enough for market in oue season. Plant
tho root small end down, so that the
t'.p will be two Inches under the soil.
Horseradish when matured may re
main iu the ground until sprit g, or
may be stored in pits In the falL It
constantly increases in the ground, but
when grown for niaket never becomes
troublesome by spreading. It requires
liberal manuring, and a large supply
can be grown on a small plot
Whether cultivation should be deep
- AL.. V 1
or snaliow IS a mailer tuai ua oeeii
discussed for many years. It Is claimed
that deep cultivation destroys the sur
face roots of plauU, and if the top soil
is loosened and the weeds destroyed it
is sufficient The advocates of deep
cultivation believe that if the ground
is loosened to a depth of four inches it
increases the porosity of the soil and
allows the air aud w ater to penetrate
more freely. It is probably well, how
ever, to stir the ground to a greater
depth before a raiu and shallow after a
rain.
When the garden is cleaned of weeds
with the hoe it is only necessary to
rake the ground with an Iron-tooth
rake after every rain to keep the weeds
down. This cants doue quickly, tho
rake doing four times as much work as
the hoe. The racing of the top soil
also forms a fine mulch, which Is the
best preventitive of Injury from pro
longed drouth.
Do not omit late cucumbers f r pick
ling. The seed may be planted tnis
month or in July. The White Spine is
an excellent variety, as it is uuuurm,
round, and of good length. It is also
tender aud very crisp, baring a long
stem, and they keep well as pickles.
They must be picked off daily or thty
will grow too large
This is the season when accidents
occur witn tne raacmnery or imple
ments, but the drawbacks are not al
ways due to accidents. The farmer
who carefully oiled and stored his im
plements under shelter last fall, aud
who inspected them so as to make all
repairs before spring, will not be troub
led in that respect. It is no misstate
ment when it is mentioned that farm
implements receive less care than any
thing else on the farm.
Oue of the best poultry foods for in
ducing egg production is cow peas.
They may be fed whole to adult stock
or cracked for chicks. They are highly
nutrogeous and are superior to corn or
wheat Another excelleut poultry foo I
is rape, which may be grown ou all
kinds of soil.
Gleanings.
Burrowing animals are driven out of
their holes or suffocated by a Callfor-
nian's compound, which is formed of
sulphur, tar and petroleum applied by
fibrous, imtlammable material, being
ignited aud inserted Iu the burrow by
a pair of slender ton gs.
The agricultural experiment station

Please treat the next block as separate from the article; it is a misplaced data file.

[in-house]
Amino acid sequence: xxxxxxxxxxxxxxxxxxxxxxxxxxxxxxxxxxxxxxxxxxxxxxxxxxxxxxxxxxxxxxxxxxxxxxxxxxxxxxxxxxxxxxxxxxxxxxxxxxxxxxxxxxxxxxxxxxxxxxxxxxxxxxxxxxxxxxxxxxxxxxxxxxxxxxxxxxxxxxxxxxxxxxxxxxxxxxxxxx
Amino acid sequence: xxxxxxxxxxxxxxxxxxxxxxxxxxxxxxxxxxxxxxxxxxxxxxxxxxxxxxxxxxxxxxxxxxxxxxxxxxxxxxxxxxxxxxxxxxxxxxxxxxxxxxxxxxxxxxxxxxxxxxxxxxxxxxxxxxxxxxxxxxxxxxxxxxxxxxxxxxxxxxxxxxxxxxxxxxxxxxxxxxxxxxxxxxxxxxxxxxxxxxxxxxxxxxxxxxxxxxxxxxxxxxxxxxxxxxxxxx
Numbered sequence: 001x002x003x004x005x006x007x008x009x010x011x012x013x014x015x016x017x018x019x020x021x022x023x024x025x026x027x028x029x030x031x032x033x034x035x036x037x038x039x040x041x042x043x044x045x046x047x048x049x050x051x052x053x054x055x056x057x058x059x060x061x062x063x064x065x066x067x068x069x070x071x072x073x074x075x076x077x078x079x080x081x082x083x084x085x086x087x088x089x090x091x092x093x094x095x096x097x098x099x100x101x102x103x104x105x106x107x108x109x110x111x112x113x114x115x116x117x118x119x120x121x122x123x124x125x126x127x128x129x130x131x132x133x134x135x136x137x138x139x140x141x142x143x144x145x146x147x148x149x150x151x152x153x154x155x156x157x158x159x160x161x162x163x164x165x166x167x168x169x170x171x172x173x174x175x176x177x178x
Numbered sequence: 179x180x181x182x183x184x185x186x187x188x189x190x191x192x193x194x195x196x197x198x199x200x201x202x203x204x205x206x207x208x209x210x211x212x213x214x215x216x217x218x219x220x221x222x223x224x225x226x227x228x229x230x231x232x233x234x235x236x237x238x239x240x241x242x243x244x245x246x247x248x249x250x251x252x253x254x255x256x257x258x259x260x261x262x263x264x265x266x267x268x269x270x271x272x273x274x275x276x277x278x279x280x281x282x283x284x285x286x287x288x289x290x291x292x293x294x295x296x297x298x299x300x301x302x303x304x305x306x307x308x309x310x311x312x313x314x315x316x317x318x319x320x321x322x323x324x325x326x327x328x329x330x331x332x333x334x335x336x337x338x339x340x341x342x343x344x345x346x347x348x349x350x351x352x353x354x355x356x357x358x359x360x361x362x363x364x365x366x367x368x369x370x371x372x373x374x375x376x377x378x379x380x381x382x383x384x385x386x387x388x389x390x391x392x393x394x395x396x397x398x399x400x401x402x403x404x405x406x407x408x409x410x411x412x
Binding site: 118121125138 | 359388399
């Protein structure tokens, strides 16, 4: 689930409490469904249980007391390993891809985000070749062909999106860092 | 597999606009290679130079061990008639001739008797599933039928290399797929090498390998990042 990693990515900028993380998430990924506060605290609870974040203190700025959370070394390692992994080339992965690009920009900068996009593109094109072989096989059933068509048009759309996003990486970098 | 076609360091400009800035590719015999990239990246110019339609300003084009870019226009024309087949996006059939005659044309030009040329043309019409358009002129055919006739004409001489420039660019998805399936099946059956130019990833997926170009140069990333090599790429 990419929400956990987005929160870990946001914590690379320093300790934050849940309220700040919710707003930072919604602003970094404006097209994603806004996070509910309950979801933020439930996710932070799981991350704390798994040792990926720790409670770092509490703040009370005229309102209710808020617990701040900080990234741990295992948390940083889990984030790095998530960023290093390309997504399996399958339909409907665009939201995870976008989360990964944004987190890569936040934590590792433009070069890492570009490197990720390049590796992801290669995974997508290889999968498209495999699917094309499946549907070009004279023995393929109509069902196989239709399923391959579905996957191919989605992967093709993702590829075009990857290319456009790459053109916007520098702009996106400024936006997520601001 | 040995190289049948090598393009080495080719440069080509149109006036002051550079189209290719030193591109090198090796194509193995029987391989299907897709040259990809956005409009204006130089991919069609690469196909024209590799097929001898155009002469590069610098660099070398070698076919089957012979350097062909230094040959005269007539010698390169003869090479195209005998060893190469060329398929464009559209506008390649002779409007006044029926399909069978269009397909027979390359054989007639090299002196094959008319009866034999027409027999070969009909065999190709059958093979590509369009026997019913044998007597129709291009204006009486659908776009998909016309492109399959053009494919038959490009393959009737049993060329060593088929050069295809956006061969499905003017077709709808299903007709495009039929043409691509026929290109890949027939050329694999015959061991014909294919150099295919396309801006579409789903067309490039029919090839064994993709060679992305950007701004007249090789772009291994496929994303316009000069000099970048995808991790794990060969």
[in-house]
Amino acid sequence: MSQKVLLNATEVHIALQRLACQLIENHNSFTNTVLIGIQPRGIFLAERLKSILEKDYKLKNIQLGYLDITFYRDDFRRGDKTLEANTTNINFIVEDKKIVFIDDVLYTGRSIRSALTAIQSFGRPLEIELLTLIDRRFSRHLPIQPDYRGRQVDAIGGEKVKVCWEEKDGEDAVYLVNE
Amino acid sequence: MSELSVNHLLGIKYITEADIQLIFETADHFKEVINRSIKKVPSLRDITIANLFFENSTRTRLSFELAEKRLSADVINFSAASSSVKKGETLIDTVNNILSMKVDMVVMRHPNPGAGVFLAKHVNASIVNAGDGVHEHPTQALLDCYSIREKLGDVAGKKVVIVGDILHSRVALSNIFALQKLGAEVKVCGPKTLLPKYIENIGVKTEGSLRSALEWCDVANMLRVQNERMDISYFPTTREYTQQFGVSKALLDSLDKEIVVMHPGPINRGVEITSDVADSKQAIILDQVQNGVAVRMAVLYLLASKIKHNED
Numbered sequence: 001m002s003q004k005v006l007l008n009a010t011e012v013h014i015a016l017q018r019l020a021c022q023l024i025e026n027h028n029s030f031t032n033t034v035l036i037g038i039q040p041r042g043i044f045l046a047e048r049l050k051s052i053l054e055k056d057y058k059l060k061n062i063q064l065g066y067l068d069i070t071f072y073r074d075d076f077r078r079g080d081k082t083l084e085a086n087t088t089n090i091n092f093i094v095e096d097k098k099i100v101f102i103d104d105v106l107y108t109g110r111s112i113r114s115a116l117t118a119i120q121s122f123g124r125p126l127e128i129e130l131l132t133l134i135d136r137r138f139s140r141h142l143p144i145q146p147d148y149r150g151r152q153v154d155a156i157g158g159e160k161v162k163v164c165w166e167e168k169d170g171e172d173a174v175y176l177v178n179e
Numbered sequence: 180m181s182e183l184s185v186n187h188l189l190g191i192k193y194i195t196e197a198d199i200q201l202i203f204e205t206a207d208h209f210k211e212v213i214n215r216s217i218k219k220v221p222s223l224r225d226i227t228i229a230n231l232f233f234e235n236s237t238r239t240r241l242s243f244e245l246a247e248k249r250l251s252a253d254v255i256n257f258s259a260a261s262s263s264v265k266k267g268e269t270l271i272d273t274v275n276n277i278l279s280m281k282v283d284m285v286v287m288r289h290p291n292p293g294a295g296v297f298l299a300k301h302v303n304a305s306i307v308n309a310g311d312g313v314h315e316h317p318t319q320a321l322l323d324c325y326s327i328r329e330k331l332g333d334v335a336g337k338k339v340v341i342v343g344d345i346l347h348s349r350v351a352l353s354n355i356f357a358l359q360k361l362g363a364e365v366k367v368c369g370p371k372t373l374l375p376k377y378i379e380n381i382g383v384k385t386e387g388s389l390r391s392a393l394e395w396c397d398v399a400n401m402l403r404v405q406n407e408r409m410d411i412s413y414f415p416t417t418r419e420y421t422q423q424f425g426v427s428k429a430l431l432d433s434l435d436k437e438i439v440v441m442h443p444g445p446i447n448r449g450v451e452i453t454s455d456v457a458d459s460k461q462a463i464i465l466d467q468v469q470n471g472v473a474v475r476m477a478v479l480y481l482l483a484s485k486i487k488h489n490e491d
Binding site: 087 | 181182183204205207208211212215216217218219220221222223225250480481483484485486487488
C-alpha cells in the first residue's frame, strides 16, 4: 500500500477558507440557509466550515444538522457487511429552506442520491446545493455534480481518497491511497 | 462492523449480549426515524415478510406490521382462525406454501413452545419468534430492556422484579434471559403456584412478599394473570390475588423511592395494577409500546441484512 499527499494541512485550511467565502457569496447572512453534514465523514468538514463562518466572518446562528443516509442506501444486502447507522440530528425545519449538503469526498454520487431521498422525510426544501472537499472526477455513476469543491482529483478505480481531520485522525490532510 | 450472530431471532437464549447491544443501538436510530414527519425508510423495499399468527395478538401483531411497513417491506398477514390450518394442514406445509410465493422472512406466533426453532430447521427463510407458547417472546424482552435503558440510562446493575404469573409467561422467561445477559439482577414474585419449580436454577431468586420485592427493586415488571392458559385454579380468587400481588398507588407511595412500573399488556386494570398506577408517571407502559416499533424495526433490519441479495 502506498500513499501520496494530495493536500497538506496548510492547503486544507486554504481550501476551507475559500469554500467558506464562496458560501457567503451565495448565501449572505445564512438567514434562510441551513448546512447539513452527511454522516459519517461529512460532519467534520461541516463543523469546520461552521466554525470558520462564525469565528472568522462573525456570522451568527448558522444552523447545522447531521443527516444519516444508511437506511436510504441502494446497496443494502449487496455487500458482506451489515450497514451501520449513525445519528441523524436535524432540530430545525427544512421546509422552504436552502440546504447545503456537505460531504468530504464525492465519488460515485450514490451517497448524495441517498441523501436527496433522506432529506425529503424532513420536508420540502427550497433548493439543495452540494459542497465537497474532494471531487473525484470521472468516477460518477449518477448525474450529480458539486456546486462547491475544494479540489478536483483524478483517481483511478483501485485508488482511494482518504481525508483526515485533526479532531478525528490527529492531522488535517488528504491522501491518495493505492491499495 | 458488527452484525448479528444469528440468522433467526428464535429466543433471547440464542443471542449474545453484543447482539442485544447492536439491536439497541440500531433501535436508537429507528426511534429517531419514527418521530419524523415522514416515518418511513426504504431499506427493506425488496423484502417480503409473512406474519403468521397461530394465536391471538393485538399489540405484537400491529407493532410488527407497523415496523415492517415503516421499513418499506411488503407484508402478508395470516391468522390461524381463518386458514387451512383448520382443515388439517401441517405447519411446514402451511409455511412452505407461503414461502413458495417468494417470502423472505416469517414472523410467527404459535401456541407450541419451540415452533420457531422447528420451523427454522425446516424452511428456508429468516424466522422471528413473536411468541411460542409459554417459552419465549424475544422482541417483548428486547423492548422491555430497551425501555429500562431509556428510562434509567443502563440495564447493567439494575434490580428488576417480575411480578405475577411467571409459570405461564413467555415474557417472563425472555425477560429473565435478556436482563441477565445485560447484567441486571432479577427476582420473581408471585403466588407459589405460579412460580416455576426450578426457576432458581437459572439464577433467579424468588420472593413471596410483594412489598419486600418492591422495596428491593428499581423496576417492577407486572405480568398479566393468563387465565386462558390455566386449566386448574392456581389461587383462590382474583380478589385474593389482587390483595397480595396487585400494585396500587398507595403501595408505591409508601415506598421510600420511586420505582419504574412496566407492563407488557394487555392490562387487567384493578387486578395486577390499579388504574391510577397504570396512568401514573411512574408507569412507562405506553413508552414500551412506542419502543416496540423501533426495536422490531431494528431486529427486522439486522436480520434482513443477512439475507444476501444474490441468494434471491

at Stillwater, Okla., has issued a bulle
tin reporting the results or neiu ex
periments in 13!)!). Tests of different
methods of growing corn, Kaffir corn,
cotton, and castor beans are reported.
Potatoes are rapidly dug, cleaned and
sacked by a new apparatus which has
a plow to unearth the tubers, the dirt
and potatoes falling into an eudless-
chain elevator, which delivers them
into a hopper with slat sides, which re
moves the dirt and- drops the potatoes
into a bag.
Continued effjrt should be made to
t mi. ;
increase tne acreage oi aiiaua. auis
should be regarded as a crop for hay
rather than for pasture. Spring sow
ing on clean, well prepared soil, has i"
many cases given good results. II
sowing at this time fails, it may be re
peated in August or early September,
which is the most favorable Ume for
fall sowing.
wounded man went to the Red
Cross Hospital ia New York and said
he was a soldier and had been shot in.
the Philippines. It turned out that he
was a burglar and had been shot iu the
hip.
"One of the hardest thiugs I have to
do," says a Boston school teacher, "is
to get into my children's head the no
tion that the streams rise in the moun
tains aud flow towards the sea. It is
next to impossible to make them com
prehend anything aboit it They see
no reason why the river should not rise
in the sea and flow towards the moun
tains. Mont of them have seen the
Charles River, and if they have n.
ticed anything about it they have ob
served that it is just as apt to flow from,
the ocean as toward it A babbling
brook running down over the little
slopes and rapid or tumbling from the
hill to the plain in cataracts Is un
known to them."
A farmer named Van Ryn, In St.
Croiz couuty. Wis., recently unearthed
a coin which lay beneath a ledge of
rock 20 feet In thicknoss, on Sand
Creek," says the New York Tribune.
"It is of bronze, about the size of a sil
ver dollar. One side bears an image
and superscription. The other side is
much worn, so that little remains but
the letters 'd. P. Q. R-' The thecry is
broached that the early French mis
sionaries and explorers would have
been unlikely to bring with thtru Id
Roman coins, and that the discovery
indicates that Roman sailors of the
time when the coins were Lu circula
tion as money found their way to this
continent, wandered far inland and
perished. There have been stories of
similar finis in Indiana and othtr
places iu tbs Uulted States."
Is it a burn ? Ue Dr. Thomas' Eo
lee trie OiL A -nit ? Use Dr. Thomas'
Eclectric OiL At your druggists.
i suproval. (Jurrwtponaenoe aoiiavm.
i
t

xml | txt